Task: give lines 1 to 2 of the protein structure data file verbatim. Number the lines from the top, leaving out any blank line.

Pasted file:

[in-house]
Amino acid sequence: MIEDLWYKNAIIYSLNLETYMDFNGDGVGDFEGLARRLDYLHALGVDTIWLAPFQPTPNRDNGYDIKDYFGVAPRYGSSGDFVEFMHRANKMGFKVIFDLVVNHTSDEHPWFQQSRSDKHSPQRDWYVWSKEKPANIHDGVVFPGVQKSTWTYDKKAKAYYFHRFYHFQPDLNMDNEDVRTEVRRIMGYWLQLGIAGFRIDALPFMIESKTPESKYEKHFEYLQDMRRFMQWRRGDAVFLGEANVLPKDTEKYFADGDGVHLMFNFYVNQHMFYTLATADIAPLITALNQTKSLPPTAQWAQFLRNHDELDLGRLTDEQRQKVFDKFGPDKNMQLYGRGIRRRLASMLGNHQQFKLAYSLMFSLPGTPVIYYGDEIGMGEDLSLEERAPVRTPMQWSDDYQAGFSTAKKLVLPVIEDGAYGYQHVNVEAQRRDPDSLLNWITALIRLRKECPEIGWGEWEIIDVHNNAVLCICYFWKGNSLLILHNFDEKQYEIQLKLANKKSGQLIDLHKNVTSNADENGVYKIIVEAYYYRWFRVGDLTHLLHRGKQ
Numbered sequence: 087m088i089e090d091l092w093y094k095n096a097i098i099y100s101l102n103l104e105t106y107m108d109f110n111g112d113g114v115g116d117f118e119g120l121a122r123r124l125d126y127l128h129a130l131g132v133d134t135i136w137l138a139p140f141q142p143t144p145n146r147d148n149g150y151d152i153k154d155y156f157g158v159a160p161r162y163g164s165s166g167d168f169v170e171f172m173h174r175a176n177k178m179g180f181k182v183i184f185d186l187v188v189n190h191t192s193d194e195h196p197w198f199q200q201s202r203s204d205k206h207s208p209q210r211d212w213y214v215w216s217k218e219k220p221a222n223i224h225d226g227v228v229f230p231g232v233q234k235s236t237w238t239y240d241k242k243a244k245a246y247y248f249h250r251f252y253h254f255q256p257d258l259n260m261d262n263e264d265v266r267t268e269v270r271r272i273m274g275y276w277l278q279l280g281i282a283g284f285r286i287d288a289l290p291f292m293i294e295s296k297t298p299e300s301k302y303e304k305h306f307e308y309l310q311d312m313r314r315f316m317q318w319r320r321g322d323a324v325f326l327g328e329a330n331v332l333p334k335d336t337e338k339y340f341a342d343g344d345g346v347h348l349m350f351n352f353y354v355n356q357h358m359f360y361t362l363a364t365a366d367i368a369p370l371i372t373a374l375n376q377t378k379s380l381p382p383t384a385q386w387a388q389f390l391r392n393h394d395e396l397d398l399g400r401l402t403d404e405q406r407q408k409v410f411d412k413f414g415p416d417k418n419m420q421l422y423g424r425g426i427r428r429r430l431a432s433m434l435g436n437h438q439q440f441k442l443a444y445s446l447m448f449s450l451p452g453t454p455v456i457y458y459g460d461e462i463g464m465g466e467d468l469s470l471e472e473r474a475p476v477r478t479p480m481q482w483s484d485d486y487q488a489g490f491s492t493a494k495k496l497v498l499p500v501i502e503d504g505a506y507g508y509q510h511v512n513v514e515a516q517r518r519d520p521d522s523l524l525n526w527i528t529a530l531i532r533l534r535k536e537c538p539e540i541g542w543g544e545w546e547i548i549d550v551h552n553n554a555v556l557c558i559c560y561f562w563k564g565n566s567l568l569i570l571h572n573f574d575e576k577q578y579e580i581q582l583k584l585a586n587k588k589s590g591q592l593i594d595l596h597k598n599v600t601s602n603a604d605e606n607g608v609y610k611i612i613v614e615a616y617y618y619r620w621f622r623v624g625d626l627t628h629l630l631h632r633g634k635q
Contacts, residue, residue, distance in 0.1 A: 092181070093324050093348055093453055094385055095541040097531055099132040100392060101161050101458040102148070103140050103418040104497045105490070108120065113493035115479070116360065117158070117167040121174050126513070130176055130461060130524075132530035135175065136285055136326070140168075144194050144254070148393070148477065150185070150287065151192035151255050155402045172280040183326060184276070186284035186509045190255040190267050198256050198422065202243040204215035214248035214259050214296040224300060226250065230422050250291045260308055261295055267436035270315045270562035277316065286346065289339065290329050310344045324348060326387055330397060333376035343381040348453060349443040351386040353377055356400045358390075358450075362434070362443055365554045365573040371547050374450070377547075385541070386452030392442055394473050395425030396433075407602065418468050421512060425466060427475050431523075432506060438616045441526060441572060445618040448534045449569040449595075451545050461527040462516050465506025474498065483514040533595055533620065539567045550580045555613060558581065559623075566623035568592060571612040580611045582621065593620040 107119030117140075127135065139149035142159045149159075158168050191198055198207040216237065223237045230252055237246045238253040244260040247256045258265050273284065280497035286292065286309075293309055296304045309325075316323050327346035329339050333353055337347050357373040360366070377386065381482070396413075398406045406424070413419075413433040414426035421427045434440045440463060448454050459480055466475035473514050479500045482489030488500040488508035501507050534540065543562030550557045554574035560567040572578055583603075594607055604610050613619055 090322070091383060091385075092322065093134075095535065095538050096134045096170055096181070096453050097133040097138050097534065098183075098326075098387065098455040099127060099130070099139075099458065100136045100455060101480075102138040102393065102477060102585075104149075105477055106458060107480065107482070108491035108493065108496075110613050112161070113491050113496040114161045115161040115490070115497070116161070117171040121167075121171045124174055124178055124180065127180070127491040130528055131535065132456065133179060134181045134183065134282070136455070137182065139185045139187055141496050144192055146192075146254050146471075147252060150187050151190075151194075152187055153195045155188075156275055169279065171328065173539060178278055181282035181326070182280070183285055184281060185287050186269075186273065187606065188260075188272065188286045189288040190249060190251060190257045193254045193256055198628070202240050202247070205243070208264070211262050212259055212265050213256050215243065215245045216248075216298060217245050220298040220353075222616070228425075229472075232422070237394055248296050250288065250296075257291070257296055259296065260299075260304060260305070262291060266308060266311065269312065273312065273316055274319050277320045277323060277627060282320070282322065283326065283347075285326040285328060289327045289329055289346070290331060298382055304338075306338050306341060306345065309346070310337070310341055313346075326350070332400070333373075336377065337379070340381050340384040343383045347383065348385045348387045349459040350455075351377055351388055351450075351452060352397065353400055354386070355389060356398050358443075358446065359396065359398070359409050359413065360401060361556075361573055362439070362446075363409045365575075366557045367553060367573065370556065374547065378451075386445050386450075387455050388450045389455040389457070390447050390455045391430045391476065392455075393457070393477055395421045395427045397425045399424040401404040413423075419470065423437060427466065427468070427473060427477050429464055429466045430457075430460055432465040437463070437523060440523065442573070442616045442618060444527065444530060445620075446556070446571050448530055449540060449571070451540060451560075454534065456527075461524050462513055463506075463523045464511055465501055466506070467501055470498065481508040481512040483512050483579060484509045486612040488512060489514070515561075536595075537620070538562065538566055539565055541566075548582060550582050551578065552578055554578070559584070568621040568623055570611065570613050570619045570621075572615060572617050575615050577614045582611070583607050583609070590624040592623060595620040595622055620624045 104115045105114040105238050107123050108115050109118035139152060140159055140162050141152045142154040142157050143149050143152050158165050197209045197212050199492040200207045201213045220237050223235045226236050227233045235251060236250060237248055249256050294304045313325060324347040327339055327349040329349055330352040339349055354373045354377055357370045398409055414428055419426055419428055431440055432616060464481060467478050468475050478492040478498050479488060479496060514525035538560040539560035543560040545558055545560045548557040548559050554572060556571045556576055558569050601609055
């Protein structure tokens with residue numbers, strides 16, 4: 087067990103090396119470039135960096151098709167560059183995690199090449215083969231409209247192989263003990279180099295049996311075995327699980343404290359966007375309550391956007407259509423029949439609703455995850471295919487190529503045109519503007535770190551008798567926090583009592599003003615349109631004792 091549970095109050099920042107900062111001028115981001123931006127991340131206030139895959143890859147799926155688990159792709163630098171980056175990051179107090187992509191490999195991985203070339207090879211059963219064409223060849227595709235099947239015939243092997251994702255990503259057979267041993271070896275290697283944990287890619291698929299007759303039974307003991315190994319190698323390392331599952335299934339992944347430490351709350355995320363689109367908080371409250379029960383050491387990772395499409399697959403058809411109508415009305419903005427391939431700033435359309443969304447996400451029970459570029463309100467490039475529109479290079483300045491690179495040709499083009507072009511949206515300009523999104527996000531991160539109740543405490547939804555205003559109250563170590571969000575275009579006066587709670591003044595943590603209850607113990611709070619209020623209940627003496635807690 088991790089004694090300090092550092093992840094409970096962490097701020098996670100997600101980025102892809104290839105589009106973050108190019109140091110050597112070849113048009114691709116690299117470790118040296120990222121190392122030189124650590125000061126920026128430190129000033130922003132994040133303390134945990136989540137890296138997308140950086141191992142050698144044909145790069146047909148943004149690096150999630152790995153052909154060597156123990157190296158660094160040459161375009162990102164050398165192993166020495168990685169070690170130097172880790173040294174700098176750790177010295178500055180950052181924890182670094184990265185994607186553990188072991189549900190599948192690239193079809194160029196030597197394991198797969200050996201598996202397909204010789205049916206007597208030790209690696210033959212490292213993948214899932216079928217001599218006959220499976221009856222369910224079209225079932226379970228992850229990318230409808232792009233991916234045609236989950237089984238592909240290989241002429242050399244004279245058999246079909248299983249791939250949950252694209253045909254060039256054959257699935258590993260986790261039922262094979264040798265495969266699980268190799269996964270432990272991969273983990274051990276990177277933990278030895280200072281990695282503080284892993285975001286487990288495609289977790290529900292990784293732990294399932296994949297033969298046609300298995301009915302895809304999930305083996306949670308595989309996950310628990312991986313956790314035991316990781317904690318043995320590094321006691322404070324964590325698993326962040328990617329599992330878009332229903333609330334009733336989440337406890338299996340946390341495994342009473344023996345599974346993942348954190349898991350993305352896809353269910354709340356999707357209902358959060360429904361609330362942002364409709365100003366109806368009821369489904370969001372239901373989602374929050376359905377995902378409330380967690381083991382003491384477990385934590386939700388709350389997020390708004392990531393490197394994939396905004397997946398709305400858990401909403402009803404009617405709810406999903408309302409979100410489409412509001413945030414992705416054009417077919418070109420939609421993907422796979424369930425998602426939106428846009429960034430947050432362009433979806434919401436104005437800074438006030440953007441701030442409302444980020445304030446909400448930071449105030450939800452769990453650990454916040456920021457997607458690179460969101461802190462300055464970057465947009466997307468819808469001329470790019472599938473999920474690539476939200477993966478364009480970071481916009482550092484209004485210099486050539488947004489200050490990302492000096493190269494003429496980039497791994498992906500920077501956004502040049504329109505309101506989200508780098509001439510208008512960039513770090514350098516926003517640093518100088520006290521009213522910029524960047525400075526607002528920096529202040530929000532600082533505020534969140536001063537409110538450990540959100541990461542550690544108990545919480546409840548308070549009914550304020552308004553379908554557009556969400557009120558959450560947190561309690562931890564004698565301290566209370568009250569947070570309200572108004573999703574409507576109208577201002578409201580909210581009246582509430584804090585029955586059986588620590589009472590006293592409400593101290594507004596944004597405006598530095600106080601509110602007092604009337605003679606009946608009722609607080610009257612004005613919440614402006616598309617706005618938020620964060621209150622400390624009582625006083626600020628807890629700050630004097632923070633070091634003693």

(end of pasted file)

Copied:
[in-house]
Amino acid sequence: MIEDLWYKNAIIYSLNLETYMDFNGDGVGDFEGLARRLDYLHALGVDTIWLAPFQPTPNRDNGYDIKDYFGVAPRYGSSGDFVEFMHRANKMGFKVIFDLVVNHTSDEHPWFQQSRSDKHSPQRDWYVWSKEKPANIHDGVVFPGVQKSTWTYDKKAKAYYFHRFYHFQPDLNMDNEDVRTEVRRIMGYWLQLGIAGFRIDALPFMIESKTPESKYEKHFEYLQDMRRFMQWRRGDAVFLGEANVLPKDTEKYFADGDGVHLMFNFYVNQHMFYTLATADIAPLITALNQTKSLPPTAQWAQFLRNHDELDLGRLTDEQRQKVFDKFGPDKNMQLYGRGIRRRLASMLGNHQQFKLAYSLMFSLPGTPVIYYGDEIGMGEDLSLEERAPVRTPMQWSDDYQAGFSTAKKLVLPVIEDGAYGYQHVNVEAQRRDPDSLLNWITALIRLRKECPEIGWGEWEIIDVHNNAVLCICYFWKGNSLLILHNFDEKQYEIQLKLANKKSGQLIDLHKNVTSNADENGVYKIIVEAYYYRWFRVGDLTHLLHRGKQ